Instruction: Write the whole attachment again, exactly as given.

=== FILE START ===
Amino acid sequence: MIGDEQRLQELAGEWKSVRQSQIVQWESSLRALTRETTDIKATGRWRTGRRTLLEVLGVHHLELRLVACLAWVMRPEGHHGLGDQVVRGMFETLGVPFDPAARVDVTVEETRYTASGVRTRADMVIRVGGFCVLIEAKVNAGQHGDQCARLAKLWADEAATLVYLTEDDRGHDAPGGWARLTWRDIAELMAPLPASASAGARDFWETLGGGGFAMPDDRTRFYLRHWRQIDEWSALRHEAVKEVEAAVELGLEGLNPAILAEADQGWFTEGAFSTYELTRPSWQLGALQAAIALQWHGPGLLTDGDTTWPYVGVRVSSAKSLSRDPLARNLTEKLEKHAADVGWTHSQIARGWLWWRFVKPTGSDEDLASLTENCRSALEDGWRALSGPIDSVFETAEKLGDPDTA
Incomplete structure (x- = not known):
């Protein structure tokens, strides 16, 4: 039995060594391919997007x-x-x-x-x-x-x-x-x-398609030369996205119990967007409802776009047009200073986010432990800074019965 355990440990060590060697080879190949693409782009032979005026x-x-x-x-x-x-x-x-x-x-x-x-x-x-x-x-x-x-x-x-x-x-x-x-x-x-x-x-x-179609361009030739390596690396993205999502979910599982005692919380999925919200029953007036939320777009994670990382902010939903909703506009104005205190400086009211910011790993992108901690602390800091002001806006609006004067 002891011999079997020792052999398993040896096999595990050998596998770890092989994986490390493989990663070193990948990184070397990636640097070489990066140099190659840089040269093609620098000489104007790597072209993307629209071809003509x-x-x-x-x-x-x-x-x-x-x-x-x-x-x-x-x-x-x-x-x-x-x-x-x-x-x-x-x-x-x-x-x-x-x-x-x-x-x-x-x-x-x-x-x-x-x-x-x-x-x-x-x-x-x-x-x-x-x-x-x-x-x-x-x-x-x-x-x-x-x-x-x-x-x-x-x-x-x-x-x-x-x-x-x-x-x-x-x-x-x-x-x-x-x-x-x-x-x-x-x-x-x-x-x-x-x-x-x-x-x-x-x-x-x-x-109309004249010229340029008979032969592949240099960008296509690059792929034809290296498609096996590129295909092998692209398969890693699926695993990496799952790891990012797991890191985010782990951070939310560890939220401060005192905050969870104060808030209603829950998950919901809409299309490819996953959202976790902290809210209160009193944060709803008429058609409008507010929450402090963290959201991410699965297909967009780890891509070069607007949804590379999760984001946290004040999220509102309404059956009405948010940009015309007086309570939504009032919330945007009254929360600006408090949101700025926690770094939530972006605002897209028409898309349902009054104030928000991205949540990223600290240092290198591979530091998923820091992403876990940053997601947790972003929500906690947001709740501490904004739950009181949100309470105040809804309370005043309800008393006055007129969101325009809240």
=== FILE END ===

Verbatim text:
Amino acid sequence: MIGDEQRLQELAGEWKSVRQSQIVQWESSLRALTRETTDIKATGRWRTGRRTLLEVLGVHHLELRLVACLAWVMRPEGHHGLGDQVVRGMFETLGVPFDPAARVDVTVEETRYTASGVRTRADMVIRVGGFCVLIEAKVNAGQHGDQCARLAKLWADEAATLVYLTEDDRGHDAPGGWARLTWRDIAELMAPLPASASAGARDFWETLGGGGFAMPDDRTRFYLRHWRQIDEWSALRHEAVKEVEAAVELGLEGLNPAILAEADQGWFTEGAFSTYELTRPSWQLGALQAAIALQWHGPGLLTDGDTTWPYVGVRVSSAKSLSRDPLARNLTEKLEKHAADVGWTHSQIARGWLWWRFVKPTGSDEDLASLTENCRSALEDGWRALSGPIDSVFETAEKLGDPDTA
Incomplete structure (x- = not known):
């Protein structure tokens, strides 16, 4: 039995060594391919997007x-x-x-x-x-x-x-x-x-398609030369996205119990967007409802776009047009200073986010432990800074019965 355990440990060590060697080879190949693409782009032979005026x-x-x-x-x-x-x-x-x-x-x-x-x-x-x-x-x-x-x-x-x-x-x-x-x-x-x-x-x-179609361009030739390596690396993205999502979910599982005692919380999925919200029953007036939320777009994670990382902010939903909703506009104005205190400086009211910011790993992108901690602390800091002001806006609006004067 002891011999079997020792052999398993040896096999595990050998596998770890092989994986490390493989990663070193990948990184070397990636640097070489990066140099190659840089040269093609620098000489104007790597072209993307629209071809003509x-x-x-x-x-x-x-x-x-x-x-x-x-x-x-x-x-x-x-x-x-x-x-x-x-x-x-x-x-x-x-x-x-x-x-x-x-x-x-x-x-x-x-x-x-x-x-x-x-x-x-x-x-x-x-x-x-x-x-x-x-x-x-x-x-x-x-x-x-x-x-x-x-x-x-x-x-x-x-x-x-x-x-x-x-x-x-x-x-x-x-x-x-x-x-x-x-x-x-x-x-x-x-x-x-x-x-x-x-x-x-x-x-x-x-x-109309004249010229340029008979032969592949240099960008296509690059792929034809290296498609096996590129295909092998692209398969890693699926695993990496799952790891990012797991890191985010782990951070939310560890939220401060005192905050969870104060808030209603829950998950919901809409299309490819996953959202976790902290809210209160009193944060709803008429058609409008507010929450402090963290959201991410699965297909967009780890891509070069607007949804590379999760984001946290004040999220509102309404059956009405948010940009015309007086309570939504009032919330945007009254929360600006408090949101700025926690770094939530972006605002897209028409898309349902009054104030928000991205949540990223600290240092290198591979530091998923820091992403876990940053997601947790972003929500906690947001709740501490904004739950009181949100309470105040809804309370005043309800008393006055007129969101325009809240």